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There is some connection between classical non-interacting harmonic oscillator (OH) and the free particle in higher dimensions?

I was studying statistical mechanics and I came across the idea that we can write the Hamiltonian of $N$ tree-dimensional HO as $$\mathcal{H}_{HO}=\sum_i^{3N}\left(\frac{p^2_i}{2m}+\frac{x_i^2}{2(m\omega^2)^{-1}}\right)=\sum_i^{6N}q_i^2 $$

So it's like the harmonic oscillator DOF are equivalent to the DOF of a free particle moving in a higher dimensional space.

Is this logic valid? If it's valid can be extended to a system of QHO?

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    $\begingroup$ ...what? I don't understand what you're seeing here, you're just doing a coordinate change on phase space such that the Hamiltonian becomes a sum of squares of the coordinates. What is your question about that? (Also, this is not like a free particle, because all of your d.o.f. are squared, not just the momenta) $\endgroup$ – ACuriousMind Apr 4 '16 at 10:13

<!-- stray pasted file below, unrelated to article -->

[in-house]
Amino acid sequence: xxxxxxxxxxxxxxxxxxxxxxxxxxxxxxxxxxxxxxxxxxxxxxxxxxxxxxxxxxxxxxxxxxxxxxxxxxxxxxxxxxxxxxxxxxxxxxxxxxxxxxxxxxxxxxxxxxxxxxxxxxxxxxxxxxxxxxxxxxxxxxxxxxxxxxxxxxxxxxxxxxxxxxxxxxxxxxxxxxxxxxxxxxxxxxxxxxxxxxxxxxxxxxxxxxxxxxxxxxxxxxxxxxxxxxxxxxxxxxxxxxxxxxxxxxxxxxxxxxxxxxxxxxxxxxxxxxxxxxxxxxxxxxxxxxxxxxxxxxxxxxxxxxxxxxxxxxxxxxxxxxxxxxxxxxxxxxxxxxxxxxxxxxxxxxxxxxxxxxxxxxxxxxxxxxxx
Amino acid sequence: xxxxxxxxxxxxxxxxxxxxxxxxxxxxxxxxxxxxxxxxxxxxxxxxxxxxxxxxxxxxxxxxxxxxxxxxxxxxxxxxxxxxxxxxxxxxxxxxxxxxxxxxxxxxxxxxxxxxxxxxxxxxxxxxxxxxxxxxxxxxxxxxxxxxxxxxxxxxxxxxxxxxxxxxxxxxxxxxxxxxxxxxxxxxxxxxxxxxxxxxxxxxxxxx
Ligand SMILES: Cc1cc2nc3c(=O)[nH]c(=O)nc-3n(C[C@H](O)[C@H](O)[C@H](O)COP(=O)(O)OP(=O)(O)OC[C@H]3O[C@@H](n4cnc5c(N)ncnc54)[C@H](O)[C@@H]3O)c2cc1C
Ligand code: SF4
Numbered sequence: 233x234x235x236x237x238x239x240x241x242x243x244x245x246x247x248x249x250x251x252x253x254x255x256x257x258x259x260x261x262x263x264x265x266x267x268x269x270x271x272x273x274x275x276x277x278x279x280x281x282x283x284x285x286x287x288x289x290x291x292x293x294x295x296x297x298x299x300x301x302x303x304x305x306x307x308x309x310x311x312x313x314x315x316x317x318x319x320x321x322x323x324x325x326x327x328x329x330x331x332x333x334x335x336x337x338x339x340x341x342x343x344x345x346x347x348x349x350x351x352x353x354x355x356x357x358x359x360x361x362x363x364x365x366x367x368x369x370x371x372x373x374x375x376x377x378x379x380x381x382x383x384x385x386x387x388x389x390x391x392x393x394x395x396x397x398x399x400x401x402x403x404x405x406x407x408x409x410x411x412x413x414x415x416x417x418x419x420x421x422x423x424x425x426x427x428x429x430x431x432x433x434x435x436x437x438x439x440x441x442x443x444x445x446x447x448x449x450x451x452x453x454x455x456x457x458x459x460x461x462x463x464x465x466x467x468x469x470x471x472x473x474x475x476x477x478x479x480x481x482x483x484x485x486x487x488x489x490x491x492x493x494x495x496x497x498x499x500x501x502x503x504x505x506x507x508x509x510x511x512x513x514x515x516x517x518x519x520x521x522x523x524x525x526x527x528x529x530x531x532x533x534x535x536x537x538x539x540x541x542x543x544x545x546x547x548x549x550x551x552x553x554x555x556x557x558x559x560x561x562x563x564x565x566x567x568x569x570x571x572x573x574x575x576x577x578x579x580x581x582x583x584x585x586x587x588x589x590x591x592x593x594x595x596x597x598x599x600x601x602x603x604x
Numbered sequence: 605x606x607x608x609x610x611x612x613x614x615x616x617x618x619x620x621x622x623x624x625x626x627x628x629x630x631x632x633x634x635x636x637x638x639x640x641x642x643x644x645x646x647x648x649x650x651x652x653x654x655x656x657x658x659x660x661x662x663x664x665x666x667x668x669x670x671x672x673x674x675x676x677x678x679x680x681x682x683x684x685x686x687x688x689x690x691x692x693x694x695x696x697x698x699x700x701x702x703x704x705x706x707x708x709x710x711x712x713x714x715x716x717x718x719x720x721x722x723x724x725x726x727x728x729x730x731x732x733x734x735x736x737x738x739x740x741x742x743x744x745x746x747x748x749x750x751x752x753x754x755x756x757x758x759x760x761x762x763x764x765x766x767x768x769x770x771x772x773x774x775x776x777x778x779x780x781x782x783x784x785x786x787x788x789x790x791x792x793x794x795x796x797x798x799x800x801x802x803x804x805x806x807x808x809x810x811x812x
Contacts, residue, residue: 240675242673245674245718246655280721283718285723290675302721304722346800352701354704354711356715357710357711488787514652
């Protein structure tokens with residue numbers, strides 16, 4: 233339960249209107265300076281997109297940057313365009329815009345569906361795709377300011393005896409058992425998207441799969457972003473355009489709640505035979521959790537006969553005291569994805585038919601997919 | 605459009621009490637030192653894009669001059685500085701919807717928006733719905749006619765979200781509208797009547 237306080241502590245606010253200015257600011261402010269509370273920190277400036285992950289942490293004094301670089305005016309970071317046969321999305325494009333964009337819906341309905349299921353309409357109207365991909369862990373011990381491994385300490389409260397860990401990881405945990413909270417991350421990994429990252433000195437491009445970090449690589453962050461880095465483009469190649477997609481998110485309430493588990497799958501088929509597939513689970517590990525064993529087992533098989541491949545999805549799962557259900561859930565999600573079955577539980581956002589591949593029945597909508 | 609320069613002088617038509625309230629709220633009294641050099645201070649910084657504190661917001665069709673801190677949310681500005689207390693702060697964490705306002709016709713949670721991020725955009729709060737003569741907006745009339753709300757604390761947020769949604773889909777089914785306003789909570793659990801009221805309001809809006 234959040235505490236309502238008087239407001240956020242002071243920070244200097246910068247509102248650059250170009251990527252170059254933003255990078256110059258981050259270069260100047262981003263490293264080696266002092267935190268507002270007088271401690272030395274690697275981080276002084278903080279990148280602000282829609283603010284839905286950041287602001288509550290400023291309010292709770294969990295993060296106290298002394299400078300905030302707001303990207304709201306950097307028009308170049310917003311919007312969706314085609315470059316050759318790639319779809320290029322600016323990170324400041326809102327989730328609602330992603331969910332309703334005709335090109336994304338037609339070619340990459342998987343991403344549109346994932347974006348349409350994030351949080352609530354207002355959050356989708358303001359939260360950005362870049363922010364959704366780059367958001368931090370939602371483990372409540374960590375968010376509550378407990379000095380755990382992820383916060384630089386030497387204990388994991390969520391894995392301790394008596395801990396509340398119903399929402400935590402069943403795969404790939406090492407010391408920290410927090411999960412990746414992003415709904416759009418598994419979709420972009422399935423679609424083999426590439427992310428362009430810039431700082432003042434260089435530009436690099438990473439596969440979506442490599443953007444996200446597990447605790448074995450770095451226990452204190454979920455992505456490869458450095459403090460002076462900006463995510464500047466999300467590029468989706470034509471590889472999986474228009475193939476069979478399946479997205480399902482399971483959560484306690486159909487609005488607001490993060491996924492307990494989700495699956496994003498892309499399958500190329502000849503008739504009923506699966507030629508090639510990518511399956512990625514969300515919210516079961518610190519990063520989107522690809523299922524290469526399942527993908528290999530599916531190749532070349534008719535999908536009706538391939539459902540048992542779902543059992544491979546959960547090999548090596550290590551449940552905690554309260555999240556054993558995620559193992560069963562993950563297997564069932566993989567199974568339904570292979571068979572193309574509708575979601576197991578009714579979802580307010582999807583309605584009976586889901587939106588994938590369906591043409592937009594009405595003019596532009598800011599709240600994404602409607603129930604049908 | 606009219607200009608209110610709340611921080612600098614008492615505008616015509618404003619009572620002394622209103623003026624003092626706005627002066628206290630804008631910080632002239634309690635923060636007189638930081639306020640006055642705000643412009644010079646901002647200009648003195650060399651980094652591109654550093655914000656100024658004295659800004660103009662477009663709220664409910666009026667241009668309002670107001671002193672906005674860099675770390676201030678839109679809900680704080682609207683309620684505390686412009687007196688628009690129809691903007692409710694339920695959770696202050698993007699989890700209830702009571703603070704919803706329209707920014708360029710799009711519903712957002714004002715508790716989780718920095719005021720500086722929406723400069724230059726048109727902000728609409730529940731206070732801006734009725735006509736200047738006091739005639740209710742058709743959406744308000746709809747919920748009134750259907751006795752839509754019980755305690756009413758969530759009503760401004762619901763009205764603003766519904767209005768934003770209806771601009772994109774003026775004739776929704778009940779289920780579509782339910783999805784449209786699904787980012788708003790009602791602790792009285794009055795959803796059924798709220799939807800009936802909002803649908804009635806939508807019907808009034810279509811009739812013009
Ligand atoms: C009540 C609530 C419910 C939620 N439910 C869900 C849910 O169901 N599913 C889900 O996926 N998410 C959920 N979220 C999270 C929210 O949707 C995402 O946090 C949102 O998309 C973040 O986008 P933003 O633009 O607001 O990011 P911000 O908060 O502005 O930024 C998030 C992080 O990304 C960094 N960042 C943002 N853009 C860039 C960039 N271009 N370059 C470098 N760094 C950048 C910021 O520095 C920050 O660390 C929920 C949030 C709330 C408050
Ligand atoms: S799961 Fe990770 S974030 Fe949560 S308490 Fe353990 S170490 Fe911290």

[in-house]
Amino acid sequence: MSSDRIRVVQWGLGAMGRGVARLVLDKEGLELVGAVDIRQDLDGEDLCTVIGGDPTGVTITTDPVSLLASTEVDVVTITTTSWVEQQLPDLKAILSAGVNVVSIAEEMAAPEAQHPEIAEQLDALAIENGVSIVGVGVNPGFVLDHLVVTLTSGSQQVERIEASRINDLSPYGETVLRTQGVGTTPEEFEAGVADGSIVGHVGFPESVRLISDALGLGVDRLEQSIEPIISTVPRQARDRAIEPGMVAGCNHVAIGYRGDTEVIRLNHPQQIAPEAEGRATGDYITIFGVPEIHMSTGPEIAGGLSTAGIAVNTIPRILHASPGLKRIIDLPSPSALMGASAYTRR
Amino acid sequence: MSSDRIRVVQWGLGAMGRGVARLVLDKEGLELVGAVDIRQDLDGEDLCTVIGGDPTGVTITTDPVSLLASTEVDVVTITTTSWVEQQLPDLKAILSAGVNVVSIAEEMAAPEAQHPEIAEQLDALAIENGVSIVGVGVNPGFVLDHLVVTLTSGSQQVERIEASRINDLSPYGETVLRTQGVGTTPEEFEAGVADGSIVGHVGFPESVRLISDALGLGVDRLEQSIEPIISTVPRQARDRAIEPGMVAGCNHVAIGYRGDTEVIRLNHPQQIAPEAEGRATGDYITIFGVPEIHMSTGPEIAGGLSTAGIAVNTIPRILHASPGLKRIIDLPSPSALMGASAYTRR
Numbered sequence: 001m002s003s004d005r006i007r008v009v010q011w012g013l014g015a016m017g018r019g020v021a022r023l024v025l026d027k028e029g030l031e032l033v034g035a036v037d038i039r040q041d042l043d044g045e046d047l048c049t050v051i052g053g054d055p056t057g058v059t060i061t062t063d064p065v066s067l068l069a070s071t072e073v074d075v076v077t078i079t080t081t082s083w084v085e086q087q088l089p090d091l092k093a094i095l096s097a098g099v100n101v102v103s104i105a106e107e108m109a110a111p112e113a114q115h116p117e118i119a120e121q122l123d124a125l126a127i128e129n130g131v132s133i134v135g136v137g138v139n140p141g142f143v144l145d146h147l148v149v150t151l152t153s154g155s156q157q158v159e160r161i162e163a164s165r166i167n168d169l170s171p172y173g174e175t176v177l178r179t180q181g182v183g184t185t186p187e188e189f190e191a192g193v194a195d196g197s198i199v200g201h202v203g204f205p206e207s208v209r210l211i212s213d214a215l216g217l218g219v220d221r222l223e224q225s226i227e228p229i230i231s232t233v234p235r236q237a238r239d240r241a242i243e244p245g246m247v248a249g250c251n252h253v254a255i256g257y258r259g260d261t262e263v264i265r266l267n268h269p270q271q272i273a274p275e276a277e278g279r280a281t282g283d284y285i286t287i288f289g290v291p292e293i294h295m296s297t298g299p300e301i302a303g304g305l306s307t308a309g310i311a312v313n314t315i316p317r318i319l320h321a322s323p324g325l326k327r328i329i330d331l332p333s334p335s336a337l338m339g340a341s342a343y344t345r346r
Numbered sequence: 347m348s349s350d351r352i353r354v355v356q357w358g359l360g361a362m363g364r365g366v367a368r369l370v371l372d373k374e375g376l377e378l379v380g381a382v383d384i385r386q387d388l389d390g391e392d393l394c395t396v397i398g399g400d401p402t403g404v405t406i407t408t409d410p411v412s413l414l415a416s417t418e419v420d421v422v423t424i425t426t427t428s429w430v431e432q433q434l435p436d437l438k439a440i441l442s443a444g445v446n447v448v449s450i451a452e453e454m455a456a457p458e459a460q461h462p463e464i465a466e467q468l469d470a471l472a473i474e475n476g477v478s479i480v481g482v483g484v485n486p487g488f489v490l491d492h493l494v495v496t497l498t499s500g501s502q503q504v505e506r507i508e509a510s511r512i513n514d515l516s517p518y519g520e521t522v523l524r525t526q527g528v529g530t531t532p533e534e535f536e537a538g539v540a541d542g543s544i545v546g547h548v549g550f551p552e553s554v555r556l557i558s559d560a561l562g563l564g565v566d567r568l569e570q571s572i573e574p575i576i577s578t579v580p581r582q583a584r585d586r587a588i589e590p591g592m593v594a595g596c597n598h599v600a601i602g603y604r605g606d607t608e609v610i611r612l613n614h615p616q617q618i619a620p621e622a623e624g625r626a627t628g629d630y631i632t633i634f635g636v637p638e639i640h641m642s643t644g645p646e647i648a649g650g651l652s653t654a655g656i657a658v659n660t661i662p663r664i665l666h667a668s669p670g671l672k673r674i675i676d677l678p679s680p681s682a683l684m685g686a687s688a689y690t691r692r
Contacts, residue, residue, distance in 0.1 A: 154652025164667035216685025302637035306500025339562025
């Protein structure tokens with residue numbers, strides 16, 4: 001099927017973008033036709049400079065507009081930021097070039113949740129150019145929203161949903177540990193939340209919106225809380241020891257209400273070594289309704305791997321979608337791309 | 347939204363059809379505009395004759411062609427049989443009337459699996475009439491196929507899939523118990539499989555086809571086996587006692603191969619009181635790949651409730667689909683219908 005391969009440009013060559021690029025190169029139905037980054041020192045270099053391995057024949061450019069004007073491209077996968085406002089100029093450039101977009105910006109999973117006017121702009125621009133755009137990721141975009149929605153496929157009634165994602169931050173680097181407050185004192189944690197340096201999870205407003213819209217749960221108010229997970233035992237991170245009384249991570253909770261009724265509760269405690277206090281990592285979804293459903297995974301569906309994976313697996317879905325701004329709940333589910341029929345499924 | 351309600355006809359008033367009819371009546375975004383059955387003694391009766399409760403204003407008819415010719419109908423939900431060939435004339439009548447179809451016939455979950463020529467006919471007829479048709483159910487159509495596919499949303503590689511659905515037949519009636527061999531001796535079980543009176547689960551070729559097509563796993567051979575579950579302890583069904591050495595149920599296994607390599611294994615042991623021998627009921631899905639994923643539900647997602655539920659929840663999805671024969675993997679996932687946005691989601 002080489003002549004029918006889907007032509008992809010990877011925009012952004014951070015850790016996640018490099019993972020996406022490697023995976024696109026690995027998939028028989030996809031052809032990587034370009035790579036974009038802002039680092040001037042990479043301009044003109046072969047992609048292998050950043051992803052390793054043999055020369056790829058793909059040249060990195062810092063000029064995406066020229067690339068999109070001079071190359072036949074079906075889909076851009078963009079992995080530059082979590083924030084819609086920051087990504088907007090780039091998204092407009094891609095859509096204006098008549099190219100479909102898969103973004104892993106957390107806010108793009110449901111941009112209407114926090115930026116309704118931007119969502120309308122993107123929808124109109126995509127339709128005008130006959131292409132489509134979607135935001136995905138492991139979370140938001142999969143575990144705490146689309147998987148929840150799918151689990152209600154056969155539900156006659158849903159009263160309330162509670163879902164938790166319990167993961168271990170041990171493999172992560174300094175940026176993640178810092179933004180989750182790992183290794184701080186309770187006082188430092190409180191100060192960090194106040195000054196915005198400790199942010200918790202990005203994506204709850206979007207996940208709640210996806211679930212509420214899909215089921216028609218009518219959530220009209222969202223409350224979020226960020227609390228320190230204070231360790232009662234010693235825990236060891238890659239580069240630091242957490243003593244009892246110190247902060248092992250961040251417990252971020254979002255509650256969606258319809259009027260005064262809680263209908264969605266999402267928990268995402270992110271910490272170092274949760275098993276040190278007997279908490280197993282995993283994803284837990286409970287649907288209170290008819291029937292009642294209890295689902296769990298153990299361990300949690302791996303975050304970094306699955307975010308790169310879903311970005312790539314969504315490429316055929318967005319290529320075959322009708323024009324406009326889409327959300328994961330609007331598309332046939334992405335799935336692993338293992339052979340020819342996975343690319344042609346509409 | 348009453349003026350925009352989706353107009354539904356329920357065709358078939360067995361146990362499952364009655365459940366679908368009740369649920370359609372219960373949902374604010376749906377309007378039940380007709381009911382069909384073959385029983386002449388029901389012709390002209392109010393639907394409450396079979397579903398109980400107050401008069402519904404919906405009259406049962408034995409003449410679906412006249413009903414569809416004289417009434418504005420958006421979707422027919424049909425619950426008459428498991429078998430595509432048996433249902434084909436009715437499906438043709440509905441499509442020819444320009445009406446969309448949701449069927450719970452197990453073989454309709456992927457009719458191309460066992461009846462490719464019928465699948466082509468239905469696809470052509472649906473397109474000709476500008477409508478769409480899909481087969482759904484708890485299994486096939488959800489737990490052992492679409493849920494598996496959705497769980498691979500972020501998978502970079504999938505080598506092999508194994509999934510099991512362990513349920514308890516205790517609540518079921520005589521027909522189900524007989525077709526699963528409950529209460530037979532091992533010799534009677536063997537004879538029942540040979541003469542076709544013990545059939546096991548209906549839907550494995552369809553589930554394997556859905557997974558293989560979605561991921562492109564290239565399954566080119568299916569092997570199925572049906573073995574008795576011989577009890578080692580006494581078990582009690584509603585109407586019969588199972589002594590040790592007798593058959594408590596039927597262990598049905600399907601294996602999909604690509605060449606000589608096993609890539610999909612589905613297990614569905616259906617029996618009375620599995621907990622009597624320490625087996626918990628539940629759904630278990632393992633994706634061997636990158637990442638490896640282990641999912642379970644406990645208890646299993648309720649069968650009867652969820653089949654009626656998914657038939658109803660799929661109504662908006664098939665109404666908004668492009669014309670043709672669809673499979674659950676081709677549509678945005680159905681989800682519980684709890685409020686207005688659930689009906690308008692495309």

• $\begingroup$ And with your definition you almost surely lose track of/mess with the symplectic properties of the phase space... $\endgroup$ – yuggib Apr 4 '16 at 12:18
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The answer is no: if you were to write $p_i\propto q_{i+3}$ for $i=1,2,3$, then your quantum Hamiltonian would be $$ H\sim \sum_{i=1}^6 q_i^2 $$ which looks like the Hamiltonian of a free particle in a six dimensional space, but it is not.

It is not because the commutation relations are not $[q_i,q_j]=0$ but $$ [q_1,q_2]=0\quad [q_1,q_3]=0\quad [q_1,q_4]\propto\color{red}{i\hbar}\quad [q_1,q_5]=0 \quad\cdots $$ instead. This means that $q_1,q_4$ cannot be thought of as independent position coordinates in a six dimensional space (nor $q_2,q_5$ and $q_3,q_6$). You have an oscillator, not a free particle.

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